National industry information site Sheep Central notes that the Allan Labor government is also investigating concerning recommendations in the parliamentary report into ecosystem decline in Victoria that included removing the order-in-council with its three-kilometre livestock protection buffer, reintroducing dingoes in some parks such as the Grampians and phasing out 1080 baiting.

According to the National Wild Dog Action Plan Coordination Committee, the government's choice has left livestock producers in the area vulnerable to wild dog attacks, with insufficient resources for prevention. This will certainly leak across the border into South Australia. Geoff Power, the committee chair, expressed deep disappointment at the lack of industry involvement and consultation in this decision, emphasising its potentially severe consequences for livestock producers in the north-west region.

It strikes me as incredibly shortsighted that conservation and animal rights groups and some First Nations corporations have welcomed the dingoes' protection, yet are willing to see a plethora of livestock, hobby farm animals and domestic pets mauled ferociously for sport by these now protected hunting packs.

It should be noted that, according to wild dog management coordinator Greg Mifsud, Museums Victoria has updated the taxonomy of the dingo to bring it in line with the Australian Faunal Directory and the recommendations of the Australasian Mammal Taxonomy Consortium. Mr Mifsud has said:

This change in taxonomy within Victoria means that the dingo is no longer considered a subspecies of wolf (Canis lupus), but actually an ancient type of domestic dog (Canis familiaris), bringing into the question the need to change the Victorian Wild Dog Management Program at all.

As the dingo is now considered a wild living dog, there is no longer need to have special provisions for their control—they can and should be managed as wild dogs on private property without further restrictions.

He then goes to state that:

This change in classification poses a new consideration for the Victorian government as it reviews wild dog control in the state.

This shows the complete inconsistency between the Victorian government's policymakers and its own state museum, which must be called out by the leaders in this state.

CEO Travis Tobin of Livestock SA is quoted in the Stock Journal as saying, 'You can't make these decisions in isolation when your decisions are going to have severe impact on others.' The opposition completely agrees. This issue absolutely underlines the importance of the role of the Cross Border Commissioner in facilitating communication about cross-border issues. Communication between state governments is imperative on issues where decisions have the almost instant impact across state lines.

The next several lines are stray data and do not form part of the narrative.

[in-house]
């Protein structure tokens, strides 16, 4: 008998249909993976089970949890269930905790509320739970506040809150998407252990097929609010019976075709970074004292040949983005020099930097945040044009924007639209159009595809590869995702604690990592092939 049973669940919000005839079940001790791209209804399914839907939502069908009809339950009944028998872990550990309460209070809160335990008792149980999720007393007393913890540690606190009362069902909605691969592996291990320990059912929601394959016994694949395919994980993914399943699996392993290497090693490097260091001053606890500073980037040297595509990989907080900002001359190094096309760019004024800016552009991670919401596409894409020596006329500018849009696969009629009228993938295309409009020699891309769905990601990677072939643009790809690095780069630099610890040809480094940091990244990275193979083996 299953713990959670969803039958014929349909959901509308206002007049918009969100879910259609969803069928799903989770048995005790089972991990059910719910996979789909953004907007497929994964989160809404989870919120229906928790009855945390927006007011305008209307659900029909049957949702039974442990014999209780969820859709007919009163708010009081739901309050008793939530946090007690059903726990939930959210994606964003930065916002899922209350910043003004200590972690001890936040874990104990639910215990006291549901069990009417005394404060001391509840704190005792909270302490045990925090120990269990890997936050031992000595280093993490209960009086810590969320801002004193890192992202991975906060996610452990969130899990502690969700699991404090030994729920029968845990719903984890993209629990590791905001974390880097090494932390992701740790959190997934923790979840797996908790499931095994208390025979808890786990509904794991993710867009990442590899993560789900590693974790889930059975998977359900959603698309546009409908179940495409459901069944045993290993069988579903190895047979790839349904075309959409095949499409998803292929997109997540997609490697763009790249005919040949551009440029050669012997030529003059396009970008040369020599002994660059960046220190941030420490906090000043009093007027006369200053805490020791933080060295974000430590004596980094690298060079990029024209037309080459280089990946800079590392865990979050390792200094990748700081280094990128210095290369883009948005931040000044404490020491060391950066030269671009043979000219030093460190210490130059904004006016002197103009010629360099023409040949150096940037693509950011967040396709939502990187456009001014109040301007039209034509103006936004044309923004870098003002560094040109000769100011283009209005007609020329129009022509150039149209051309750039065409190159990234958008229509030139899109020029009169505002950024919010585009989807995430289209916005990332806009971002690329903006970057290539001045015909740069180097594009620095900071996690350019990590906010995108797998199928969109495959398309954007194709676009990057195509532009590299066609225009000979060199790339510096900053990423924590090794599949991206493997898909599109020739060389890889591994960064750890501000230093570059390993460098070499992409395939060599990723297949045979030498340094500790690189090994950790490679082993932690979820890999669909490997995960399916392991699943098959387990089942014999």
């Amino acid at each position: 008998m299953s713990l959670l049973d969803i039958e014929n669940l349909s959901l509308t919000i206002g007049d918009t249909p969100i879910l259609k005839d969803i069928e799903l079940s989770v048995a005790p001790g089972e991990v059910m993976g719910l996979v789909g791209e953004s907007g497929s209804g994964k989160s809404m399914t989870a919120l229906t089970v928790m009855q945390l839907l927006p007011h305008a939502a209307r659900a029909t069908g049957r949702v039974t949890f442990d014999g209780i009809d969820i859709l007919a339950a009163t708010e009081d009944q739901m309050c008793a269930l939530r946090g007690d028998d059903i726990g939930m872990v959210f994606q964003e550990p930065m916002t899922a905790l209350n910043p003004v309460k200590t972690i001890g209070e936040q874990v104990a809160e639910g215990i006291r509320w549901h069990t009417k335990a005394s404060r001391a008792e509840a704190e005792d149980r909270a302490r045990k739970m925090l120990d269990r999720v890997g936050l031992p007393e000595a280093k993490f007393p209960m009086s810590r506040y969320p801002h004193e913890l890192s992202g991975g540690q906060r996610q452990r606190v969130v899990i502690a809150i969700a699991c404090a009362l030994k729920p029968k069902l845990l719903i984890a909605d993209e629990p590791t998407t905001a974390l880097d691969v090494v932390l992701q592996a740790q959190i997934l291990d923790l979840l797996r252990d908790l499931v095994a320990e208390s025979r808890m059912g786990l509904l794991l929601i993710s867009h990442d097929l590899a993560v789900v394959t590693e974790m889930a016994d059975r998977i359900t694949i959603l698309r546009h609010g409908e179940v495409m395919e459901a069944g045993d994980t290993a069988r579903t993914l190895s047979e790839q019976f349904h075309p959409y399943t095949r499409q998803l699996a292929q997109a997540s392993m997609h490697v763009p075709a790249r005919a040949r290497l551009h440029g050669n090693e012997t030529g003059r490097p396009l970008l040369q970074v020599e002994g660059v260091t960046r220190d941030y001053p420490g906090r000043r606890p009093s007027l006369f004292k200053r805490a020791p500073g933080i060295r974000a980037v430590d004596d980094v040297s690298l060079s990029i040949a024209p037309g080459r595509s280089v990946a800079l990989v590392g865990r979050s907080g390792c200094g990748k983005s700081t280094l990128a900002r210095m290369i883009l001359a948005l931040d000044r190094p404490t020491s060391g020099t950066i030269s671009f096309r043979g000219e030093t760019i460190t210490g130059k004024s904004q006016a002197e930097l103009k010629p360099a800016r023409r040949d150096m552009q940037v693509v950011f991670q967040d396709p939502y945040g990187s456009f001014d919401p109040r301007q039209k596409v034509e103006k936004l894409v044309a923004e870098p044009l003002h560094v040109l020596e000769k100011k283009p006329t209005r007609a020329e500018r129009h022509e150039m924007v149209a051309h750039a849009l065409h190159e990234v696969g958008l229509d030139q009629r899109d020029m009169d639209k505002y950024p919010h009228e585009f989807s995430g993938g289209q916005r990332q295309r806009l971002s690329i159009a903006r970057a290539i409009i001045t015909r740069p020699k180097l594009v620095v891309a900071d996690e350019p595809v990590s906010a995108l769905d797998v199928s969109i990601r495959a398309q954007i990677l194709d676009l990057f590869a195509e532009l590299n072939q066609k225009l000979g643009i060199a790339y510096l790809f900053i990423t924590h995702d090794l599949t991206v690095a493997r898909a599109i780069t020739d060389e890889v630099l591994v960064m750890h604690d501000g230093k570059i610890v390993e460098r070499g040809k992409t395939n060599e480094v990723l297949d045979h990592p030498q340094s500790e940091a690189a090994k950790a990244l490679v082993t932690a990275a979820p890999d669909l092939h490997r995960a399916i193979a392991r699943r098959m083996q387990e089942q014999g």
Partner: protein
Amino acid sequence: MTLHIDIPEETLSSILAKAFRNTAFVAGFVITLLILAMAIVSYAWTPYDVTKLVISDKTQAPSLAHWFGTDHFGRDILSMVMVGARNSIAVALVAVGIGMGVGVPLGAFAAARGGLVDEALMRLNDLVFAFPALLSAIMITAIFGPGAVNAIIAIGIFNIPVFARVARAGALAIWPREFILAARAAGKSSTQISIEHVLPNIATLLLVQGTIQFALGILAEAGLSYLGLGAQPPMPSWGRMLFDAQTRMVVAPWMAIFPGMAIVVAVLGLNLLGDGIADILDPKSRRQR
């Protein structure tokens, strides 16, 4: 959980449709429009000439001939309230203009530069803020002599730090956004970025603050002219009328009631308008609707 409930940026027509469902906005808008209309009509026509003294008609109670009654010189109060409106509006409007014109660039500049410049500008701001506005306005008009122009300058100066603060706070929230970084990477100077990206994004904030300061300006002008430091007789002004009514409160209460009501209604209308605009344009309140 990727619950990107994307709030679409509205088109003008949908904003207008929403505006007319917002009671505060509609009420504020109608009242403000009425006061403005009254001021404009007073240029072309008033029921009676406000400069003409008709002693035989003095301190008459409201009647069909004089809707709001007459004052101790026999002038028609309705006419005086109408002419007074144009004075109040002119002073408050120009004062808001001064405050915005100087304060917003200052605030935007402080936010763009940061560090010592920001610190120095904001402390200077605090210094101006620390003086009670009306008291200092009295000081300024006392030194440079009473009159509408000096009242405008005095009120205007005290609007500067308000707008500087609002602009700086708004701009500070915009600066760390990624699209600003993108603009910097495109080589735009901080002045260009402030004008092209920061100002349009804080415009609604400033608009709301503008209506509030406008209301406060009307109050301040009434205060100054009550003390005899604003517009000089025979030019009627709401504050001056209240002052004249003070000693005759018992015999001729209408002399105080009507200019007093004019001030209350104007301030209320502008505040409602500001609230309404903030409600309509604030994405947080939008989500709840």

I note that the minister is quoted as noting that she has written to the Victorian agricultural minister Ros Spence multiple times regarding the potential impact of altering wild dog management strategies in South Australia's livestock industry. Writing is a start, but a letter is too easy to downplay or ignore. Trust me, I have written plenty of letters to the current minister and a number of her colleagues on various issues, only to be provided with the standard 'thanks for writing' response, with no practical outcomes.

These farmers need practical outcomes and they need it fast. They need a minister who will stand up, who will be the leader they deserve and who will fight to ensure the wild dog and dingo populations are managed appropriately into the future. They need a Cross Border Commissioner who can 100 per cent focus on this issue as a priority. Farmers on the ground are begging for a line into PIRSA—they want to deal with someone who understands regional cross-border realities.

Our farmers should not have to suffer the incompetence and repercussions of terrible policy decisions and six-monthly reviews and research periods at the behest of animal groups that would see the entire livestock industry dismantled. I commend this motion to the chamber on behalf of the South Australian producers now at risk from these decisions across the nearby border in Victoria.

Debate adjourned on motion of Hon. J.E. Hanson.